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TTC: Other Items (catch all)

ehlow

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Am I the only one here who finds busses to be almost as frustrating to drive behind as streetcars?

I'd absolutely hate to have each of our downtown streetcars replaced with 4 busses. That would truly be a disaster for drivers.

Whether buses or streetcars, it will always be slow to drive on those streets, due to the narrowness, lack of turn lanes, street parking, frequent intersections, high pedestrian & bicycle traffic. Many of these characteristics make the street very nice for pedestrians however.

It could be worse with buses, the road would be completely flooded with large buses, and they might need to attempt to keep switching lanes to get to the curb and then avoid parked cars. They may not even be able to fully get to the curb lane if there are parked cars and it's a long bus, blocking both lanes anyways. There would be higher operating costs since you'd need to run way more vehicles.

Also some may not care about this, but we'd be losing one of the key characteristics of Toronto. To me, streetcars in Toronto are like elevated subways in Chicago, it's a unique thing that sets our city apart.

I would like to see either underground or elevated transit going east-west downtown for faster travel near King or Queen, however, replacing streetcars with buses is a downgrade. Especially the new streetcars. But regardless, you're right, it doesn't matter, we already ordered tons of new streetcars and repaired the tracks & wires, so the matter is settled for the next 30 years, even the Ford brothers accept that :)

Edit: Oh yeah, for those who hate the fact that the streetcars block both lanes, this could be a solution:
http://goo.gl/maps/98zSU

Using a island stop beside the track.
 
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W. K. Lis

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On Tuesday, January 7, 2014, the school buses were cancelled for the day. Why? Where does one see school buses during the overnight? Parking lots of schools or apartments or home driveways. Where do the TTC buses stay overnight? The majority are in garages, so they can start up in the morning.

Where do the majority of subway trains stay overnight? Outside in the subway yards. Some are indoors, but most are outside. In previous years, I heard about some trains being stored in tunnel sidings. I’m guessing that those were for done for the old trains.

Where do the majority of streetcars stay overnight? Outside in the streetcar yards. Just like the subway trains.

Our streetcars are getting old. Why did the CLRV’s and ALRV’s use air, when the A-6, A-7, A-8, A-9, A-11, A-12, A-13, and A-14′s were all-electric? Maybe it was me, but those all-electric PCC’s were a better bred than the CLRV’s and ALRV’s. Hopefully, the Bombardier Outlook streetcars have the better genes this time.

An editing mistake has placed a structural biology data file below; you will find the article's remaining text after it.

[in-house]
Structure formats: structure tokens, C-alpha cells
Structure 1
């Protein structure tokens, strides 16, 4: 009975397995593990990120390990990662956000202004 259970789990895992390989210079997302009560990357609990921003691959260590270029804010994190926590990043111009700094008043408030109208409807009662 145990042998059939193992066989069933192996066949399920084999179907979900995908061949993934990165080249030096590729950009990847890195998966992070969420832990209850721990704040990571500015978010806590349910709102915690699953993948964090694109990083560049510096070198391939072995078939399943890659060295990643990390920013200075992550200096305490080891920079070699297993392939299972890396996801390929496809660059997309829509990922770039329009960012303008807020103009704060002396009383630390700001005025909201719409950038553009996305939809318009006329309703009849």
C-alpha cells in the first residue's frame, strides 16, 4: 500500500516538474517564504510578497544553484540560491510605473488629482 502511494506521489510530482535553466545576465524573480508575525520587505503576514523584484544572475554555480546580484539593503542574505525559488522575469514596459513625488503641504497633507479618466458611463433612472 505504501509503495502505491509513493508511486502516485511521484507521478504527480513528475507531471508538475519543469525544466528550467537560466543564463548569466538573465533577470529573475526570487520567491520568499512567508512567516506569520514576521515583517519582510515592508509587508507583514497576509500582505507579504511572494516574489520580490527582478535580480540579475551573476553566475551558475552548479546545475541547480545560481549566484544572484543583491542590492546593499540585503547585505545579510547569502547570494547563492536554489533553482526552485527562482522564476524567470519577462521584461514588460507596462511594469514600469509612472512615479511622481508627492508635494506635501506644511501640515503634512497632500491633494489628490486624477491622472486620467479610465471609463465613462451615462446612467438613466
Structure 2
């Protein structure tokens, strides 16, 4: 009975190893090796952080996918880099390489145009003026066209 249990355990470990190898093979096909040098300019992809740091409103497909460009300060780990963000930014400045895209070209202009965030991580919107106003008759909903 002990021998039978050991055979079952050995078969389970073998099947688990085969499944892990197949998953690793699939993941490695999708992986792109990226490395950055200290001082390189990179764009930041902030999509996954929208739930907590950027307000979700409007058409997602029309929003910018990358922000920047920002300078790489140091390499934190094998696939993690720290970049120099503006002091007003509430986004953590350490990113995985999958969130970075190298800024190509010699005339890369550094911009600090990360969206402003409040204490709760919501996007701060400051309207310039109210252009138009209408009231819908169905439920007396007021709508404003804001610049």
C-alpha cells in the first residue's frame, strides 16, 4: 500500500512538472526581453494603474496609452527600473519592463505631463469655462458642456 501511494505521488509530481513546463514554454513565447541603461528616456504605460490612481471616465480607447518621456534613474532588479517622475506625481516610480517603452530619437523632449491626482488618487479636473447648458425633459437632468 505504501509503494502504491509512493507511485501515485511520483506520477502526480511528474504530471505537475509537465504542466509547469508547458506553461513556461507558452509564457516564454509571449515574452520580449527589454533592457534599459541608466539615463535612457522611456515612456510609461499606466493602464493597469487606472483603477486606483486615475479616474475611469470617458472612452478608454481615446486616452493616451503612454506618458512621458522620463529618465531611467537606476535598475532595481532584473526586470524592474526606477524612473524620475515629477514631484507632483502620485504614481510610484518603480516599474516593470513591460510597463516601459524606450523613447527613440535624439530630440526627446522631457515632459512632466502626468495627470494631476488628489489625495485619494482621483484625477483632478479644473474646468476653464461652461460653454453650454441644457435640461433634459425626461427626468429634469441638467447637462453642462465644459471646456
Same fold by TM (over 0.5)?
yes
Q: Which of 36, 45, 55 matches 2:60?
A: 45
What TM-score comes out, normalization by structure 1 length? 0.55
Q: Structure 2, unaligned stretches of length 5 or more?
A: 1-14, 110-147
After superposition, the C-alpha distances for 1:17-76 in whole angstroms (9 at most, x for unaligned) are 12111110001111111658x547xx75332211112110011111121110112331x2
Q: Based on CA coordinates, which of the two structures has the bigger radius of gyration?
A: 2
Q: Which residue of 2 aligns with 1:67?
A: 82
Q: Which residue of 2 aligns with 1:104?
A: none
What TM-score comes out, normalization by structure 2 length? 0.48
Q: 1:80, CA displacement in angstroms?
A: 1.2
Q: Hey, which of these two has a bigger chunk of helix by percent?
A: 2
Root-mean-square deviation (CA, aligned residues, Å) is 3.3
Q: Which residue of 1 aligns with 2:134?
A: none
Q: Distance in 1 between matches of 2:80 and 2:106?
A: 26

ticky

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Another water main break inside a TTC station this morning. This time, St. Clair.

Seems a little unusual this keeps happening.
 

salsa

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Another water main break inside a TTC station this morning. This time, St. Clair.

Seems a little unusual this keeps happening.

At Queens Park there are buckets set up that collect leaks from the ceiling. The water in them is frozen. What a mess.

11859641196_14108f2d68_b.jpg
 

Electrify

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Andy Byford is making a speech right now about the TTC's inadequacies.

Having seen the numbers, like it or not, in Canada the vast majority of transit funding comes from the municipality. The premise that the TTC would be so much better if the province paid its fair share would mean that all transit in Canada sucks. While not usually as extensive, many Canadian transit systems have features such as free ride zones, two hour transfers, unlimited passes which pay for themselves after a reasonable amount of rides, etc. without crying poor at every opportunity and far less of their operating costs covered by higher levels of government.

The TTC has about 100 million more riders than STM, yet receives about $250 million from the city while Montreal gets $400 million.

(Source: Canadian Urban Transit Factbook, which I don't have in front of me and is not freely accessible online. So the numbers may not be 100% accurate as I am recalling them from my head, but the narrative is spot on)
 

rbt

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The TTC has about 100 million more riders than STM, yet receives about $250 million from the city while Montreal gets $400 million.